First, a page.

There is much controversy in some corners about where the first Thanksgiving took place. Most would argue that it historically took place at Plymouth Rock with the Pilgrims and Indians in 1621. Now if you were to ask my mother, history degree holder that she is, she will emphatically insist the first REAL American Thanksgiving took place in 1619, 20 miles from the fort at Jamestown, Virginia on what would become Berkeley Plantation. There is even an earlier feast that is argued by some to be the first American Thanksgiving was held in St. Augustine, Florida in 1565 with the arrival of Spanish soldiers. The first practiced Thanksgivings were proclaimed by George Washington during the Revolutionary War and many others to be held in the years that followed. But it didn’t officially become an annual practice until Abraham Lincoln declared a day to be set aside for giving thanks in the midst of the horror of the Civil War in 1863. It became an official national holiday celebrated on the fourth Thursday of November, by the Congress and signed into law by Franklin D. Roosevelt in 1941. No matter what your take on the historical facts of this day, there is one fact that everyone can agree upon: the practice of preparing a grand feast of recently harvested food, saying blessings and giving thanks, then sitting down and eating together has existed as far back as man itself has.
Of course Pagan and Wicca faiths, hold multiple harvest feasts according to the Wheel of the Year and the Sabbats: Lammas, Mabon and Samhain being the main three. This is likely where Thanksgiving got a large portion of its roots, just as many other Christian holidays do. But like the other Christian holidays, those Pagan/pre-Christian roots have been buried and lost. There is no reason the roots of pre-Christian/Pagan practiced harvest feasting and the blessings of Yeshua and God/dess cannot be combined into one great feast of Thanksgiving.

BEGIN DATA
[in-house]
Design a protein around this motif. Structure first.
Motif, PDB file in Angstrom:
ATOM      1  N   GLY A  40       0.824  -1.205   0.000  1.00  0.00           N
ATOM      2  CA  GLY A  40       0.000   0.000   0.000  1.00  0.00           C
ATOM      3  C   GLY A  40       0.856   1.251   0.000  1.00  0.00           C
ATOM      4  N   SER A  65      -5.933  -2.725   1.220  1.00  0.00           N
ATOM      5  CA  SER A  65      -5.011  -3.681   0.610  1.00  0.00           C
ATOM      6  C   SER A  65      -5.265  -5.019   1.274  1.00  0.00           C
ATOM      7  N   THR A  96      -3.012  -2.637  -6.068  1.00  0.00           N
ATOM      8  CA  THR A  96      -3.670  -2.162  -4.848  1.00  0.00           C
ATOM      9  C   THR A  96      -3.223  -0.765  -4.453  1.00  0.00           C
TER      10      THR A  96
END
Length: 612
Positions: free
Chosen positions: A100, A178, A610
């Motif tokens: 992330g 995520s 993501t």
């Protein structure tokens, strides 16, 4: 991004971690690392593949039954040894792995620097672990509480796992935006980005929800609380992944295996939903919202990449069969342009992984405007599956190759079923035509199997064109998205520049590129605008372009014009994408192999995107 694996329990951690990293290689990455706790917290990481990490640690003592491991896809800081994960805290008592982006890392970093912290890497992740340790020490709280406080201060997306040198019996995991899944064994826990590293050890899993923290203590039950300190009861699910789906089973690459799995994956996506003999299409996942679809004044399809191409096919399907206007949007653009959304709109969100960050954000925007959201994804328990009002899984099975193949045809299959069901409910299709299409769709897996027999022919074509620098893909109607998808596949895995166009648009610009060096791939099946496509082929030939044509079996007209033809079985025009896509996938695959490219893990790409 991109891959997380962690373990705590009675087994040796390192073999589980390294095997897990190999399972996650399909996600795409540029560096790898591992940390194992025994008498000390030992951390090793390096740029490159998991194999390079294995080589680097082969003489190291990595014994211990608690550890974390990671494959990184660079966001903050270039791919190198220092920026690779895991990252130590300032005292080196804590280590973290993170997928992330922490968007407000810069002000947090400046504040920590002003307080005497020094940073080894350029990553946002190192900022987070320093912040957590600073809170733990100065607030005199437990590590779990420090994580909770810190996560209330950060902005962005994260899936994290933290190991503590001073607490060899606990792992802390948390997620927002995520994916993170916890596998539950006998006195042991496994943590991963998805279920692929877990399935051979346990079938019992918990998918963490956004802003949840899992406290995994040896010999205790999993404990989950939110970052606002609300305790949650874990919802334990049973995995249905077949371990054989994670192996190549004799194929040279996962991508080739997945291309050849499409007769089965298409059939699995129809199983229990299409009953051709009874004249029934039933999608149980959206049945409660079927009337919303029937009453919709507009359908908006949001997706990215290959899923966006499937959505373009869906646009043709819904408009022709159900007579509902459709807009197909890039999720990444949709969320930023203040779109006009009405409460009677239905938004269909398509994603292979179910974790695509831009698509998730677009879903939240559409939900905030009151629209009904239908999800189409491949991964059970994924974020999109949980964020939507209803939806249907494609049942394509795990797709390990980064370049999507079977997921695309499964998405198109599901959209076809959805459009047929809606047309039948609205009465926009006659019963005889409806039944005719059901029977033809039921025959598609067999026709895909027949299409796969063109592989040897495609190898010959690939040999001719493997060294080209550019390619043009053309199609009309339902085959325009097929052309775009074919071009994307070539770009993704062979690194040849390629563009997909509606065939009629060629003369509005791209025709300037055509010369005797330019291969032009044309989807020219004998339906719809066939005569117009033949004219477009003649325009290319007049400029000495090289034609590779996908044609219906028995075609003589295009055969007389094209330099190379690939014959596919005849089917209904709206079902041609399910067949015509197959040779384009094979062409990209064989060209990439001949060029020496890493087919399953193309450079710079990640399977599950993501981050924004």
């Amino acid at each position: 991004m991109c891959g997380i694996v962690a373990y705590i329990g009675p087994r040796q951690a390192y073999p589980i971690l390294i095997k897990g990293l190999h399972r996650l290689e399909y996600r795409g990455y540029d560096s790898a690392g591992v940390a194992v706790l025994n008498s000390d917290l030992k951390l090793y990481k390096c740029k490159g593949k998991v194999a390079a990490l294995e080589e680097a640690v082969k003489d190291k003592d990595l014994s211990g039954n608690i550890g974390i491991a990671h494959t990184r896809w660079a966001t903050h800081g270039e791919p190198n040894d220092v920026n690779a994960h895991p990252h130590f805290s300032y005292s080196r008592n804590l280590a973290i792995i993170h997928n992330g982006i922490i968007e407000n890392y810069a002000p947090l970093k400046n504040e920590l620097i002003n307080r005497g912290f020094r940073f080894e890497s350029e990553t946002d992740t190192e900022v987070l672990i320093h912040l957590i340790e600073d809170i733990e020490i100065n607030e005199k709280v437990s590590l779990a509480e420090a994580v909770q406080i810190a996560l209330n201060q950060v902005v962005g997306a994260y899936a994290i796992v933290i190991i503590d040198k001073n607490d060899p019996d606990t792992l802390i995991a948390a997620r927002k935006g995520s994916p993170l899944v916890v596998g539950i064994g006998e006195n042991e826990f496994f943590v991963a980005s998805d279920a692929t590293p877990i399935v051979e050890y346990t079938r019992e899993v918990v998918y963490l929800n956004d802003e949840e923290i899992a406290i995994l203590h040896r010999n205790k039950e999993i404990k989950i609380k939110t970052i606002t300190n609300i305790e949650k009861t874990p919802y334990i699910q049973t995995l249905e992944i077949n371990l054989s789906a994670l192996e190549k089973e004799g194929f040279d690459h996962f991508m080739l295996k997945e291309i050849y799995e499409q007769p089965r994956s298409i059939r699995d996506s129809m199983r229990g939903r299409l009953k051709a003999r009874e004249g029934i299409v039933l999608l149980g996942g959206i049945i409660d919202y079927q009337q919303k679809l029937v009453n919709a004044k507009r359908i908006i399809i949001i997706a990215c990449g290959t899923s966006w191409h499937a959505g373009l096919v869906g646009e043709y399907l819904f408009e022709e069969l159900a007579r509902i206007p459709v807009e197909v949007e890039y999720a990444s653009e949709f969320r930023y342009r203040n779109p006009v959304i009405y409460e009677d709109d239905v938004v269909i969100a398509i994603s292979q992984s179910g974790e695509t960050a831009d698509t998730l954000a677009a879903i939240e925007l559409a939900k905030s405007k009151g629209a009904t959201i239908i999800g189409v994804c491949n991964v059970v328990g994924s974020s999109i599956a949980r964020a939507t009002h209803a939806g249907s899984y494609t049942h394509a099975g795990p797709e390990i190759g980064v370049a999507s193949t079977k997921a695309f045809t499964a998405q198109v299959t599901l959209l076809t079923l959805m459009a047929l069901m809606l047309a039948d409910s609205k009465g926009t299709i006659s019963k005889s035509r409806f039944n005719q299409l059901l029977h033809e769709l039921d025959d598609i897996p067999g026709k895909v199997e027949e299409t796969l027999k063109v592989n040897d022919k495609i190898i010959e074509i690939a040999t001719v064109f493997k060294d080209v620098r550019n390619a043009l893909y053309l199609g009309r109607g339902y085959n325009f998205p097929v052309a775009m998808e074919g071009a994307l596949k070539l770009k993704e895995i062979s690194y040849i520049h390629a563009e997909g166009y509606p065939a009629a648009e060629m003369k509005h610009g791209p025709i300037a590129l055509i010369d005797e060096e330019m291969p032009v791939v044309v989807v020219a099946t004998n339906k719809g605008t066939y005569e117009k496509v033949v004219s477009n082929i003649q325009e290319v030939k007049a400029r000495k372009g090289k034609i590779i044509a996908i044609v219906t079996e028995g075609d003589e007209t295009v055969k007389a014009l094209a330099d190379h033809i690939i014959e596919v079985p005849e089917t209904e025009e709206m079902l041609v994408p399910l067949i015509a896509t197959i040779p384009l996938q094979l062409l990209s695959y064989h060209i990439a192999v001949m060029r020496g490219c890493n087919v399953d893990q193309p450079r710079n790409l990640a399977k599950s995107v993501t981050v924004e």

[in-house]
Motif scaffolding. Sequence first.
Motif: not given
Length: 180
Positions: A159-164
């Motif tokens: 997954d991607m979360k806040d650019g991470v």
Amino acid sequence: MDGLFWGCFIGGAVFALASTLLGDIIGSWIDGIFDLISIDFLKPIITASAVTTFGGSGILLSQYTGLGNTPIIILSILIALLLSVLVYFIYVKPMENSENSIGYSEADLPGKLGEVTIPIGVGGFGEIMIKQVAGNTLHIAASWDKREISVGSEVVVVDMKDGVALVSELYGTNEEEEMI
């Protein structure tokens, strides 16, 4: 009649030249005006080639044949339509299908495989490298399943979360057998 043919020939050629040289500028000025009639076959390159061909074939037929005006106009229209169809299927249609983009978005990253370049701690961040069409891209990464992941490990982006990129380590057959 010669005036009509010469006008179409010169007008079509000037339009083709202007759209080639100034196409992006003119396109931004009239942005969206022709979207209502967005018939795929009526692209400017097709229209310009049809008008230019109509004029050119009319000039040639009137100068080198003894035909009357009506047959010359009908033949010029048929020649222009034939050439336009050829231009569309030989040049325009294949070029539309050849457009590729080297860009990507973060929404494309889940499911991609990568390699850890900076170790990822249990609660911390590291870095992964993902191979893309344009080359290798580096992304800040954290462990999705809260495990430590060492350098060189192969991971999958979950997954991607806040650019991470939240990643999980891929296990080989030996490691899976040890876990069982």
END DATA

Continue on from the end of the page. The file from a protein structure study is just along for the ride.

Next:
In many families, including my own, it is common practice to say a prayer before dinner thanking God for our blessings individually and as a family. We also take turns saying what we are thankful for, even my 3 year old daughter has learned to do this, with much practice with Mommy and Nick Jr. on television! Of course the answers are usually the same, everything from my family to God to my video games and toys (this is my children’s answer!). Even those without a spiritual or religious faith can find ways to be thankful for the things they have in their lives on this day. So I ask you can you? We focus so much on what is wrong with our lives, Thanksgiving is the day to focus on what is right. So tomorrow when the turkey is cooked, the potatoes are mashed, the rolls are buttered and you are sitting at a table with your loved ones, give thanks! Thank those that grew the food you will eat, both human and spirit. Thank God/dess for everything you have and for the light of the world, Yeshua. May the love and light of Jesus bless you and all who are yours. Blessed Be in Christ!